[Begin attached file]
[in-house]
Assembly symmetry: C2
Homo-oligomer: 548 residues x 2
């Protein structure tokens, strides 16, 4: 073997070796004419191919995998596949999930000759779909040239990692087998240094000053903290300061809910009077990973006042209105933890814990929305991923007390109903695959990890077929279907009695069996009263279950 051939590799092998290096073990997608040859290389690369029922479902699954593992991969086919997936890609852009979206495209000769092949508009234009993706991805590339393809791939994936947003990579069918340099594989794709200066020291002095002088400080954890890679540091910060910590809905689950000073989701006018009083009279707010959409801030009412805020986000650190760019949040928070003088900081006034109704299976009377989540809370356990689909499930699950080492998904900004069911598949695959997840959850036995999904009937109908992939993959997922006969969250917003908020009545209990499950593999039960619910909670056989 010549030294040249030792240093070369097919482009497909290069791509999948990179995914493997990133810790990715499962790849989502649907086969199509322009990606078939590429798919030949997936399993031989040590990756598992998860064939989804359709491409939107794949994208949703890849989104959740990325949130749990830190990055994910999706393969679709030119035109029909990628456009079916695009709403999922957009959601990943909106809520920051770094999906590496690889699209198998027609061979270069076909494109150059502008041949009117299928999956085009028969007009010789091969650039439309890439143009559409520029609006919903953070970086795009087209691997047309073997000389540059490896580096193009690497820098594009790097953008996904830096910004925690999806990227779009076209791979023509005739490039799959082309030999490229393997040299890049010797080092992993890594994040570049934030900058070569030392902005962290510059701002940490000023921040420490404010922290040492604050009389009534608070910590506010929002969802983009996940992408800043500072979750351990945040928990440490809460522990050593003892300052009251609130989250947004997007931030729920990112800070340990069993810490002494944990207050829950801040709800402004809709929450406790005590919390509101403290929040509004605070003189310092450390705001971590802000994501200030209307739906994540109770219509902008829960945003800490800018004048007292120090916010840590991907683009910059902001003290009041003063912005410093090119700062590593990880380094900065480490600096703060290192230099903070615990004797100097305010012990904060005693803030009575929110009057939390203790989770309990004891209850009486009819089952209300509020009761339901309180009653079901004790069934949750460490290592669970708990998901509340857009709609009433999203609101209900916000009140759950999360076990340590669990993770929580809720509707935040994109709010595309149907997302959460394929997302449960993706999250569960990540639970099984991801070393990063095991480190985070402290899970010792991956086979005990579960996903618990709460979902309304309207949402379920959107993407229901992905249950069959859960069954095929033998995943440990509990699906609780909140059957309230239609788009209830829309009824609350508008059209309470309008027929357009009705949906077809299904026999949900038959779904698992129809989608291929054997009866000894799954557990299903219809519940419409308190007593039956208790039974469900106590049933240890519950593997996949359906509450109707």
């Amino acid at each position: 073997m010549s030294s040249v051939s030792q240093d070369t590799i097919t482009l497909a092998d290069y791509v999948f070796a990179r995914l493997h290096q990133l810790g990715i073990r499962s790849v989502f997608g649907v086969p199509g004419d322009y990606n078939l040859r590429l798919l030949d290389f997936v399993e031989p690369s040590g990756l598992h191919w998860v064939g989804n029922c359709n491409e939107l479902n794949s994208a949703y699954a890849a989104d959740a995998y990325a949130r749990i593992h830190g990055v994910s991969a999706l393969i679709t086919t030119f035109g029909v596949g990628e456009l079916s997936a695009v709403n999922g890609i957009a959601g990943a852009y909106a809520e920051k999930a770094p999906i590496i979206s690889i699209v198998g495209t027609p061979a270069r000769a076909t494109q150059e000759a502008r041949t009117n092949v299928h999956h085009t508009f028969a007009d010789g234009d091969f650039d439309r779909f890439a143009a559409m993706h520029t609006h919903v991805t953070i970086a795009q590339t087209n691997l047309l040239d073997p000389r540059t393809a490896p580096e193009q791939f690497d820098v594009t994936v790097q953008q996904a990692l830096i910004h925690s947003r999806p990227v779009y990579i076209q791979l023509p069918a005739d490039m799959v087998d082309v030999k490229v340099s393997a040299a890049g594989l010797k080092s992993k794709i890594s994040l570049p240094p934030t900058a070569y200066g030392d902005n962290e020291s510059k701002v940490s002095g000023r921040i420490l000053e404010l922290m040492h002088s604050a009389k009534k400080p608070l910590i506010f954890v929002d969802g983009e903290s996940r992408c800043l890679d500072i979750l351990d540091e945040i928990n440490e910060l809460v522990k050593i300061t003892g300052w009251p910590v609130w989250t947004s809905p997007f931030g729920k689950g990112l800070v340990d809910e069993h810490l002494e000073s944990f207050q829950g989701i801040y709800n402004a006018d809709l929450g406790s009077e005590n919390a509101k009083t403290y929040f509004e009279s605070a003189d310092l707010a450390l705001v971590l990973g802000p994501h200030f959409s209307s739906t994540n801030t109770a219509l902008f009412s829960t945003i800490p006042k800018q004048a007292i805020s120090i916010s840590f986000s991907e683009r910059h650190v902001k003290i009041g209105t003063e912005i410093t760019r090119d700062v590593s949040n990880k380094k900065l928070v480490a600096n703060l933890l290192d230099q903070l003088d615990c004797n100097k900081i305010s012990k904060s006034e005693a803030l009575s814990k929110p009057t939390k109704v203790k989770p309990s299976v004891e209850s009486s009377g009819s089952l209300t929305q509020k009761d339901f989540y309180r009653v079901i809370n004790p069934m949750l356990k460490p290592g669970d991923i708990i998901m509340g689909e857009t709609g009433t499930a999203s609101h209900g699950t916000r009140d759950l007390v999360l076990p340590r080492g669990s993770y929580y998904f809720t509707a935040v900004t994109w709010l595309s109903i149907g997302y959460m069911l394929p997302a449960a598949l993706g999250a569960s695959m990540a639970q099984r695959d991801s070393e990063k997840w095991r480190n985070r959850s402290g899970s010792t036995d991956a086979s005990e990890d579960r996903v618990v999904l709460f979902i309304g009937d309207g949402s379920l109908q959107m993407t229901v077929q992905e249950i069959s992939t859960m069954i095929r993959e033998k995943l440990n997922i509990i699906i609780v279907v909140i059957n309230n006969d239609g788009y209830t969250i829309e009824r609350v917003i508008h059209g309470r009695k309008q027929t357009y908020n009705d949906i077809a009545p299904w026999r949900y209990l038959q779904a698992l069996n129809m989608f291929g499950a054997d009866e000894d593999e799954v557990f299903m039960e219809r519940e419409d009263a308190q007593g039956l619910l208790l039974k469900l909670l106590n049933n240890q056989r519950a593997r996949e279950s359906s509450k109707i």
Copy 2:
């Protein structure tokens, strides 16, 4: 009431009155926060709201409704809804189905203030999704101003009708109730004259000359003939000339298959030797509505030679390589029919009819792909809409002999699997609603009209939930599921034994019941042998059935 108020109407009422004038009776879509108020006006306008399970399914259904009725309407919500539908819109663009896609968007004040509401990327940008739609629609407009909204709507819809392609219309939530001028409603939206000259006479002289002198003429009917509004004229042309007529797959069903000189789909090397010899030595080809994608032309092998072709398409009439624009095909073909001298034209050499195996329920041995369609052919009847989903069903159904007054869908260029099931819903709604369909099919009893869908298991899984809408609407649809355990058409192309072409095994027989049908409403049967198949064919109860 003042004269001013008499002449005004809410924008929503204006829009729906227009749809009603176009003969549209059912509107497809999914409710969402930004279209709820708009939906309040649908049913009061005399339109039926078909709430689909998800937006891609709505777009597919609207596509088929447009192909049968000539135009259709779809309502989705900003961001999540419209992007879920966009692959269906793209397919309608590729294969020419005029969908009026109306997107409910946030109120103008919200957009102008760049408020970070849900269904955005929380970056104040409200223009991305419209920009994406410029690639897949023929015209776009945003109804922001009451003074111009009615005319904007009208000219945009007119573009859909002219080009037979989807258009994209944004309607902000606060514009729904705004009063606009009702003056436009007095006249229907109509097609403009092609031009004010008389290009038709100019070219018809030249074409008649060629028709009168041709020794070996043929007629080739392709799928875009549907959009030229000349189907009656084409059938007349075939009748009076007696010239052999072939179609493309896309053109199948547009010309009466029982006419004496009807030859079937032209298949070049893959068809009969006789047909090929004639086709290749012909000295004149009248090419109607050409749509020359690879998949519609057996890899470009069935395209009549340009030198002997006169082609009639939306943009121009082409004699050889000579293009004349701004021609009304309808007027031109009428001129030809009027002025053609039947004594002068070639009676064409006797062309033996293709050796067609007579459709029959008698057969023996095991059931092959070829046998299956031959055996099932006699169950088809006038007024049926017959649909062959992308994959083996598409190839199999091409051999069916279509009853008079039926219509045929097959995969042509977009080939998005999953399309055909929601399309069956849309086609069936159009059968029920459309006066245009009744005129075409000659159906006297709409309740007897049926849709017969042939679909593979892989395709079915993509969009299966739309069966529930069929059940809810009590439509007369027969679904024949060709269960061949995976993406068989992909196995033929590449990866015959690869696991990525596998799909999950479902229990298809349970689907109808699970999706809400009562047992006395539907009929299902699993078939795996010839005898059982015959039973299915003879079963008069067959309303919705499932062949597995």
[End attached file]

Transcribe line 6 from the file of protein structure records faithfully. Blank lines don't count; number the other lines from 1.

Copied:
Copy 2: